Jane Harman, Wilson Center Director, President and CEO, issued the following statement on the death of Michael Adler, a veteran journalist who has been a Public Policy Scholar at the Wilson Center for the last seven years.

“Many of us visited Michael Adler in the last few weeks and it was clear his illness was progressing.  He was an impressive, talented journalist and scholar who was determined to complete his book on Iran’s nuclear program and share insights into the negotiations he thought no one else had.  How sorely we will miss him, and the world will miss his passion, humor and intellectual curiosity.”

Michael Adler, a veteran AFP correspondent who became an expert on diplomatic efforts to resolve the international standoff over Iran’s nuclear program, died Monday night of cardiac arrest, age 66.  He had been awaiting surgery, scheduled for next Monday, for a heart condition that had largely confined him in recent months. 

An American who worked for Agence France-Presse from 1980 with postings in Bangkok, Kuwait, Sarajevo, Bonn, Berlin and Vienna, Adler covered the 1988 uprising in Burma, the reconstruction of Kuwait after the first Gulf War, the war in Bosnia, the shift of the German capital from Bonn to Berlin and the fall of strongman Mobutu Sese Seko in Zaire. In recent years, he was a Public Policy Scholar at the Woodrow Wilson International Center for Scholars in Washington. He was writing a book on major powers’ negotiations with Iran over a program that caused widespread fears that Tehran was pursuing nuclear arms. Adler covered the Iranian issue extensively while in Vienna from 2002 to 2007, where he reported on the International Atomic Energy Agency, headquartered in the Austrian capital.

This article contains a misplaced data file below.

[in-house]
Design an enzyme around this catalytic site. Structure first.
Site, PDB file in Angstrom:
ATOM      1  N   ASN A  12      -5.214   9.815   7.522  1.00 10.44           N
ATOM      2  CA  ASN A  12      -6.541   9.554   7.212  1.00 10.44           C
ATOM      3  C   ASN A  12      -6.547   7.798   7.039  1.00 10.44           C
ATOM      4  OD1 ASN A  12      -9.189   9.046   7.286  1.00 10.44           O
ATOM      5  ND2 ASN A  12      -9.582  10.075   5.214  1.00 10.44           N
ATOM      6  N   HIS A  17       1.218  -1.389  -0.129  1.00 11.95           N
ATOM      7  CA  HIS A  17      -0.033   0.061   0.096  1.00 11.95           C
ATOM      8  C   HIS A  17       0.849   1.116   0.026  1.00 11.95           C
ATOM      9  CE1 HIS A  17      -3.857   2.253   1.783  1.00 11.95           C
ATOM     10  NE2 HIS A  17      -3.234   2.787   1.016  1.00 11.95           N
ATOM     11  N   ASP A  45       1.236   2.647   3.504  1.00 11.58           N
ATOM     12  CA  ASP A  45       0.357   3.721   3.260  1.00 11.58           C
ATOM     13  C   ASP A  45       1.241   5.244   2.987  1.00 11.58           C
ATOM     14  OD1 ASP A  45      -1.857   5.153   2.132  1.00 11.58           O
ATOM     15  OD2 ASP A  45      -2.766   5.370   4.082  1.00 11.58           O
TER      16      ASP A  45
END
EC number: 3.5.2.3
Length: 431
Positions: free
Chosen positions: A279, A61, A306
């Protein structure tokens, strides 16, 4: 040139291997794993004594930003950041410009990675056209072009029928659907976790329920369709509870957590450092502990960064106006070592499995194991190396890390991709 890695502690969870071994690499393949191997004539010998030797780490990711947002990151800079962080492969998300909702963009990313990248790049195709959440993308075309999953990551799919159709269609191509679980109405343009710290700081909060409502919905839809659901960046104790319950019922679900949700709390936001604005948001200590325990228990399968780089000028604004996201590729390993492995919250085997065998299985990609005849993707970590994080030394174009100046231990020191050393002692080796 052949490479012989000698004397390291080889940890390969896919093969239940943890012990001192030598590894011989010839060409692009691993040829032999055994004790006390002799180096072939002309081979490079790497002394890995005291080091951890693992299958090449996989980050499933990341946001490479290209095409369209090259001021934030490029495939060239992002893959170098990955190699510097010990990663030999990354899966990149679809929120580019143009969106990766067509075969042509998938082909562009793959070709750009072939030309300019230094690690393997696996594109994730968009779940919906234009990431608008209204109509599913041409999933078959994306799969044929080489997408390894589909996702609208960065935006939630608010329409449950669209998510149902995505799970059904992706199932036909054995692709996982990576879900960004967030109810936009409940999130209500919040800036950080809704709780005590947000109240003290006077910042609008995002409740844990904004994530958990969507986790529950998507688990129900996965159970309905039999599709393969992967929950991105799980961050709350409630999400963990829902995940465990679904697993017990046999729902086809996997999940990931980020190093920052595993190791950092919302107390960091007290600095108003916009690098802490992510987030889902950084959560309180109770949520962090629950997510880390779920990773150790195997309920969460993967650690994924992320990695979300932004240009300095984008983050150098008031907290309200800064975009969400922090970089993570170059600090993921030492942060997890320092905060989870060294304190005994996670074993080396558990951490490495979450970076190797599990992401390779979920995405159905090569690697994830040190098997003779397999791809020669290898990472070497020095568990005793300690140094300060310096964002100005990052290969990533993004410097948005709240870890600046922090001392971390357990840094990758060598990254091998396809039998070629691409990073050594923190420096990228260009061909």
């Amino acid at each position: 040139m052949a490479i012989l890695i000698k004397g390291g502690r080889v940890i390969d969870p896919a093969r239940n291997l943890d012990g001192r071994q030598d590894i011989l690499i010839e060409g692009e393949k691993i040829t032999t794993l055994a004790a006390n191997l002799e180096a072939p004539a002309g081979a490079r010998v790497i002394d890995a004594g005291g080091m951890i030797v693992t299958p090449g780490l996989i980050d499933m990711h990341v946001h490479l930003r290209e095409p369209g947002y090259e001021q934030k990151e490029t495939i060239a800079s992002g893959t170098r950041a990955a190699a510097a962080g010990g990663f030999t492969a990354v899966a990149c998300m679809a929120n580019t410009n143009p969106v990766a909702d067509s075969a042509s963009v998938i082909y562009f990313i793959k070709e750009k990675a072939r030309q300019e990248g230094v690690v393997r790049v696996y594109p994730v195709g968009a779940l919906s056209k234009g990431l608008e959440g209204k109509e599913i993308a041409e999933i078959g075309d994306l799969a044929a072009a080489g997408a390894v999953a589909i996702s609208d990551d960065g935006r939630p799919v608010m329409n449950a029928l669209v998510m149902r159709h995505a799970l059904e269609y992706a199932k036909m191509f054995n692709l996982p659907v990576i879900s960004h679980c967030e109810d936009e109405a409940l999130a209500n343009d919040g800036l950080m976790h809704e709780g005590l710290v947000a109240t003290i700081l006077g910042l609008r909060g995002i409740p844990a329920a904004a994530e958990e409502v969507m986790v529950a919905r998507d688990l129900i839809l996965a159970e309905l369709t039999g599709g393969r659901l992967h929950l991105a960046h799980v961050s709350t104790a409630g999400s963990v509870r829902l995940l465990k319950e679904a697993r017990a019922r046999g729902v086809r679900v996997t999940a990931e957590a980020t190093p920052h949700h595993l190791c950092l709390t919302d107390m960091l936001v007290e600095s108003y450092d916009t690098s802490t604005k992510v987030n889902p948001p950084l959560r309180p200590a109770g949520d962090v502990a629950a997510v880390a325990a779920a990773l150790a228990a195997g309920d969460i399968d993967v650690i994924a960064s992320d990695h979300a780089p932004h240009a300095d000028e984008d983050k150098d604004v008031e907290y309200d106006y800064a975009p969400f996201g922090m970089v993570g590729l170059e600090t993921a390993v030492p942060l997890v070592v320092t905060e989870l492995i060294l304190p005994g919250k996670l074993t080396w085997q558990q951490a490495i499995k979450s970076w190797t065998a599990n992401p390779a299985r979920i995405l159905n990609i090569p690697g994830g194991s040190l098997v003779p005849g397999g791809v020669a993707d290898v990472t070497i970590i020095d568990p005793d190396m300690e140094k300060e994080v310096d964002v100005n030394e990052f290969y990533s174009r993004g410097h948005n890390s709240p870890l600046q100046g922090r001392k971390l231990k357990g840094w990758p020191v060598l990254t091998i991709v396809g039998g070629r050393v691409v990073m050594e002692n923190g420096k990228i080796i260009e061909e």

“Despite a spiraling crisis in Ukraine and discontent in Israel and Saudi Arabia, the Iranian nuclear talks have hit their stride,” he wrote in March. “But there is a long way to go and not much time,” he said of a deadline, since extended, for reaching an agreement with negotiators from the United States, Russia, China, Britain, Germany, and France.  Iran agreed at the time that it would stop short of expanding its nuclear work during the time of the talks in exchange for partial relief from sanctions that have slashed its oil sales and crippled its economy.

The question was  whether the  negotiations, “already fragile in their chance of success, can be shaken by external factors or whether the United States and Iran are both too committed to reaching a nuclear deal for this to be denied. A deal is, of course, still a long shot,” Adler wrote.   

Michael Adler attended the University of Pennsylvania in Philadelphia and the University of Paris (Sorbonne). He was rushed to the Georgetown University Hospital after suffering a heart attack on Monday, September 8. Funeral arrangements were not immediately announced.  Survivors include his mother, sister, and two daughters.